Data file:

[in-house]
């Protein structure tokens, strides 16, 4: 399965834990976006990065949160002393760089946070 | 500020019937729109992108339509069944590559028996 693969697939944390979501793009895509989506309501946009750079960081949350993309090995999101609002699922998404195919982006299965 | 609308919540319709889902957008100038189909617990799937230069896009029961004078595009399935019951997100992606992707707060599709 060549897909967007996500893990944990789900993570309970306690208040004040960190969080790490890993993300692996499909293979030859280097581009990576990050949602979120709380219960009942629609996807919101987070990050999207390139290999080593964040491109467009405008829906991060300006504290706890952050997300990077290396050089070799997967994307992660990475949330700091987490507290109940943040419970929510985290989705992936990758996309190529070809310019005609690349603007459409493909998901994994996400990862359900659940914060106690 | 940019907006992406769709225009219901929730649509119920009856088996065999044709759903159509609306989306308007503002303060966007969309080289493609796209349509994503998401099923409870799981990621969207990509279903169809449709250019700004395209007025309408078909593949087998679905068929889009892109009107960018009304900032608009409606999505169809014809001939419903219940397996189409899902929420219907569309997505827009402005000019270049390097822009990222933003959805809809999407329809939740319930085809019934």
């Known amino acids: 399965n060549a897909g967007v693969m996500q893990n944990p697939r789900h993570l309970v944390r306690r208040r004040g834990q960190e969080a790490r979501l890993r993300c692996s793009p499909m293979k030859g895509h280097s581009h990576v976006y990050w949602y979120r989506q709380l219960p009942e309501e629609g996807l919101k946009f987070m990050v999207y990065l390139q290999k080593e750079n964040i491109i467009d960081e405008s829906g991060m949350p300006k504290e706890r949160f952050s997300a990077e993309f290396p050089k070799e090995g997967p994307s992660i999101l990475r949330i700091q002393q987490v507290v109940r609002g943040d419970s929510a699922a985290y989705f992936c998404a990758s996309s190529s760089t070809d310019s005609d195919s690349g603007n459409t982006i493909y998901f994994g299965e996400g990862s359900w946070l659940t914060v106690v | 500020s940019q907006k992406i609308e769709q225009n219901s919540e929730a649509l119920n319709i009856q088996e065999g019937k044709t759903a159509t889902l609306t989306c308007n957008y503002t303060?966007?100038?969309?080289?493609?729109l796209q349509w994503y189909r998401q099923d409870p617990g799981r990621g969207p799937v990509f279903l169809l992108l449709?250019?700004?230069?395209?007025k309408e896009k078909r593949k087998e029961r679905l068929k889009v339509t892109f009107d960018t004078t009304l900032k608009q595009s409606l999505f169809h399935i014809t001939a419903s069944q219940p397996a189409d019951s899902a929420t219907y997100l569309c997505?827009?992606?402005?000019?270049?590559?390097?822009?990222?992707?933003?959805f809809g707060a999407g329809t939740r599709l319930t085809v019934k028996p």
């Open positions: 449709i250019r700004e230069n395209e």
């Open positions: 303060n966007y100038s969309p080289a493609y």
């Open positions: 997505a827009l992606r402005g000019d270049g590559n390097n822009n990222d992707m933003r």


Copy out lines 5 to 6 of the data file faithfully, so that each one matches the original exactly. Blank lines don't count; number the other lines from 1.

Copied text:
């Open positions: 303060n966007y100038s969309p080289a493609y």
């Open positions: 997505a827009l992606r402005g000019d270049g590559n390097n822009n990222d992707m933003r």